The biggest surprise of the 2016 presidential election cycle so far has not been the rise of Donald Trump specifically, but rather the rise in general of less experienced candidates and the implosion of far more experienced candidates. Already, two well-established governors — Rick Perry of Texas and Scott Walker of Wisconsin — have left the race. This is surprising: Although Republicans have long campaigned on reducing the size of government, that traditionally has not led GOP voters to favor complete political neophytes over more experienced politicians.
Indeed, in 2008, the roles were reversed: Republicans nominated one of the most experienced candidates in the field, John McCain, while Democrats chose Barack Obama, who’d only been elected to the U.S. Senate four years before. Obama faced a whole field of more experienced candidates, including eventual Vice President Joe Biden and eventual Secretary of State Hillary Clinton. All attempted to use his inexperience against him in the primaries, but Democratic voters were impressed enough by his charisma and obvious political skills to set that aside.
Republicans have rarely gone that route. Though there have often been presidential candidates with little or no political experience, they have rarely gained anything but momentary momentum at best. Instead, Republicans have tended to nominate either the runner-up from the last round of presidential primaries or one of the more experienced and better-known candidates in the field. Far from being a failure, this approach has brought us successful nominees such as Ronald Reagan and George W. Bush.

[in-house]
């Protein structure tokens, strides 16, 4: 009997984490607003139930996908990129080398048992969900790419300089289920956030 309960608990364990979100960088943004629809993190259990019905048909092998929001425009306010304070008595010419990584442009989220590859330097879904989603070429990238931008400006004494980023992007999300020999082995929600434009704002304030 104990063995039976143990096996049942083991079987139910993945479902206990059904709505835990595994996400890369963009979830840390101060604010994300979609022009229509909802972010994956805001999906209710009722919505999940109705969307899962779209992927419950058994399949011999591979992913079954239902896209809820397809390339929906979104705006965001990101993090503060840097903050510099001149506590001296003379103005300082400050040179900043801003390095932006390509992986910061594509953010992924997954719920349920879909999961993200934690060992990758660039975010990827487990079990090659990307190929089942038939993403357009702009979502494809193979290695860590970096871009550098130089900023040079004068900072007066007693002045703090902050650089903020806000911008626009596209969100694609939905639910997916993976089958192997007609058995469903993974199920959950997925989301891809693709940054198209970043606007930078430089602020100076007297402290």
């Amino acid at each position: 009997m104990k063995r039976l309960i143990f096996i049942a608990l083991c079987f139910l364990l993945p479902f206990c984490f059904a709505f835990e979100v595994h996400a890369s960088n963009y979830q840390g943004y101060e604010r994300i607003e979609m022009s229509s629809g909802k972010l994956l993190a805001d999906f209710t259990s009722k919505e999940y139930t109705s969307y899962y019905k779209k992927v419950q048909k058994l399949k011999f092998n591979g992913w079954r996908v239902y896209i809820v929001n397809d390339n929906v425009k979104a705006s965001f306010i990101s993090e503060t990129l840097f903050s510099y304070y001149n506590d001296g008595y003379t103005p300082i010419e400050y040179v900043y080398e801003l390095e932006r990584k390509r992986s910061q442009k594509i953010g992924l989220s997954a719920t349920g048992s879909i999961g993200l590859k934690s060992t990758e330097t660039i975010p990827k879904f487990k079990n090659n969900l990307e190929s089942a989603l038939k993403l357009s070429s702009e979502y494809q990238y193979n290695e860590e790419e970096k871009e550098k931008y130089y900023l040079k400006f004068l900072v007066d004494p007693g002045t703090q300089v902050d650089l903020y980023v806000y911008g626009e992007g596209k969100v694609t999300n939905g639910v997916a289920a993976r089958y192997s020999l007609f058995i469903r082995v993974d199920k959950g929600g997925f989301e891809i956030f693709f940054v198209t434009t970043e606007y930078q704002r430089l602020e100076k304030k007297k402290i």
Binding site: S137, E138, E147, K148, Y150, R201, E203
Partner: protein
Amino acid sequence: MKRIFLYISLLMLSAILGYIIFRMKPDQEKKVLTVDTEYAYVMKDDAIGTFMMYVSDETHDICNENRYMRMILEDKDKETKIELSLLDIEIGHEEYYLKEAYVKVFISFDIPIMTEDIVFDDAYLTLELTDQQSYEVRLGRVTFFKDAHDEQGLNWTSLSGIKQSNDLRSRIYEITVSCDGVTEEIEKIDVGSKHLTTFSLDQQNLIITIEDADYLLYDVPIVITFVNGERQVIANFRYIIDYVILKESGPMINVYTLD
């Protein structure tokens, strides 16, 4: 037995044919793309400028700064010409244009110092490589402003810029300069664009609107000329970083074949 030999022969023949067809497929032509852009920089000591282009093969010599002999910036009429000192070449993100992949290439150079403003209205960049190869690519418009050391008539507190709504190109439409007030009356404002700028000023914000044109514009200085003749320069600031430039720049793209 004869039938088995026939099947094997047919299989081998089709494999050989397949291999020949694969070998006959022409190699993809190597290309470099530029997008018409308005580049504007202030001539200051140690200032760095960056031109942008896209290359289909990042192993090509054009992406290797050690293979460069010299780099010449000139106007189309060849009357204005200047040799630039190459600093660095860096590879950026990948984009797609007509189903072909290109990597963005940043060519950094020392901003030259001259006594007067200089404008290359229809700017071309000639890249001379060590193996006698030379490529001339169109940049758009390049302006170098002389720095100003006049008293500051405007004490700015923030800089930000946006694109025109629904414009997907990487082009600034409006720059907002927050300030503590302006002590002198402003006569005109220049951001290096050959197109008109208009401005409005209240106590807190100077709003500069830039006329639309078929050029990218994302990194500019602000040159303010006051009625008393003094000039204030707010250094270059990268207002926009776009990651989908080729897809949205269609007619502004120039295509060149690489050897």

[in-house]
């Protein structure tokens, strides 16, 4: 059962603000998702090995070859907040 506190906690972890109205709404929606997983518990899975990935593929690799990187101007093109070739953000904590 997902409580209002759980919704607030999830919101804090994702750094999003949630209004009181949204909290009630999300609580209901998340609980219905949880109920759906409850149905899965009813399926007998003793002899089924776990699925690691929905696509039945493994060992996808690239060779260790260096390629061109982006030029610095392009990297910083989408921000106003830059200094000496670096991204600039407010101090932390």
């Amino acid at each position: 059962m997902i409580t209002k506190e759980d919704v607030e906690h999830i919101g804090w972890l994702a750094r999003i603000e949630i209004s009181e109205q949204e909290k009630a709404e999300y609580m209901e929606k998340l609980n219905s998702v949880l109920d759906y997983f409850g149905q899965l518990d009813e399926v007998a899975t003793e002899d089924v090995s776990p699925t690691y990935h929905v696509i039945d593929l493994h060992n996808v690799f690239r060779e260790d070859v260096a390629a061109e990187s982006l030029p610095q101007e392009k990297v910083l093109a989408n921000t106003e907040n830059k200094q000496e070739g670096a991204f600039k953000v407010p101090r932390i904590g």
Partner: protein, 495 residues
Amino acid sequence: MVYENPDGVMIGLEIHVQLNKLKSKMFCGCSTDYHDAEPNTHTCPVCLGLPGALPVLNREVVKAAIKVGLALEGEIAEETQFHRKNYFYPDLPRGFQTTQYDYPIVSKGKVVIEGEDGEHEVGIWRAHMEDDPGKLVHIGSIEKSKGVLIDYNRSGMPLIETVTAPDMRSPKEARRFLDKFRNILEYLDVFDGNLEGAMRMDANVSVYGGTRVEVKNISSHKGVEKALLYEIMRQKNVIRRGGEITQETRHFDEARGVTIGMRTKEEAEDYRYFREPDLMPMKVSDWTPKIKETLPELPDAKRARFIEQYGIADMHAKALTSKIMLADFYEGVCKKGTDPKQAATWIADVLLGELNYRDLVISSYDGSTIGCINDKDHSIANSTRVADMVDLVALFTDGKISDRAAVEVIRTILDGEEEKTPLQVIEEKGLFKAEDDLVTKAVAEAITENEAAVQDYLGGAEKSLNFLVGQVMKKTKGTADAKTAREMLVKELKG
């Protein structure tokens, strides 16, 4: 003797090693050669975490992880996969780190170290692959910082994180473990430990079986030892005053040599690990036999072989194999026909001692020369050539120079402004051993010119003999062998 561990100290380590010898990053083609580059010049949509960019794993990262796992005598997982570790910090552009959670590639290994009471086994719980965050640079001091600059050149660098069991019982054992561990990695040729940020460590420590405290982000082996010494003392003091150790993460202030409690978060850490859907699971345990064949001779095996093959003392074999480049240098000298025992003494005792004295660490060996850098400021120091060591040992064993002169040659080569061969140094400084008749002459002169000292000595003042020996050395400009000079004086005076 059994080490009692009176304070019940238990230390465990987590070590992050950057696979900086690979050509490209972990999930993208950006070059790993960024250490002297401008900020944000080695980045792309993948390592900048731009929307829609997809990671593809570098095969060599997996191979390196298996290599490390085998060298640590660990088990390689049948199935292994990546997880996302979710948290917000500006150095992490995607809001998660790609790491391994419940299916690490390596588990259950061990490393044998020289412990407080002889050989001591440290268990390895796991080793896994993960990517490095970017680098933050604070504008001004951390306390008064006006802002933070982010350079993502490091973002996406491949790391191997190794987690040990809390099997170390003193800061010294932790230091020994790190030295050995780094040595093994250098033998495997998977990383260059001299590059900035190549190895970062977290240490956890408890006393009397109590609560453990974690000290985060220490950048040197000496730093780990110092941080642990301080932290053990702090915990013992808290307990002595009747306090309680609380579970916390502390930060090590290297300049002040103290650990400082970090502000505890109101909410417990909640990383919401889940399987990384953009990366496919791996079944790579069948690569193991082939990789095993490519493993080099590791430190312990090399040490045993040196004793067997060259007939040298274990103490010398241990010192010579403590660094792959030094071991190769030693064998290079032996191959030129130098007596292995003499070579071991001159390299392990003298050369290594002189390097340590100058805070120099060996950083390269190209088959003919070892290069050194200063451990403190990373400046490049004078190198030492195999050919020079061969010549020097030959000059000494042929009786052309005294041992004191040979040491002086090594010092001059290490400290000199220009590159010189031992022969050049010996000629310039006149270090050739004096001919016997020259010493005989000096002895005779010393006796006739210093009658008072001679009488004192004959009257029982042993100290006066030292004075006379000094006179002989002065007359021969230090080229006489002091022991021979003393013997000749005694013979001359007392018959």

This year, that belief seems to have gone out the window. The more experienced candidates in the race either have already bowed out or plateaued. Instead, the candidates leading the race are the sort of people who, in a normal year, would be afterthoughts. Given the diverse array of qualified, experienced candidates running for the nomination, it is a shame that they are being shoved aside at this early stage of the race.
The Republican electorate has taken the wrong lesson from 2008. Obama’s victory should serve as a warning. Instead, it may be offering a model that shows they do not need to nominate a qualified candidate for president of the United States, that anyone who checks off certain ideological boxes will suffice.
This is a distorted view of that election. Obama was a fresh face, but he was also extraordinarily politically talented, and he won not because of his lack of experience, but in spite of it. He did so by tying his opponent to the past, by presenting himself as the only option for change. He offered a new direction and new ideas while making it seem like his opponent was part of the status quo.
We can avoid a repeat of 2008, but only if we learn the real lessons of that campaign. We can’t do it simply by finding a nominee with even less political and governmental experience. Voters will not judge whether a candidate is offering a fresh approach based only on his or her resumé, or lack thereof.
Rather, the electorate will consider a candidate’s ideas and whether those ideas tie that person irrevocably to old failed policies or offer the opportunity for a bright, new future. If we nominate someone with a fresh face and little experience who just repeats tired old talking points, that’s not a recipe for success. Experience still matters in 2016, but that means the experience necessary to truly offer voters a new direction, rather than just banking on being a new name. Sorting out who is really offering that experience will be the true challenge for Republican voters as they make up their minds over the coming months.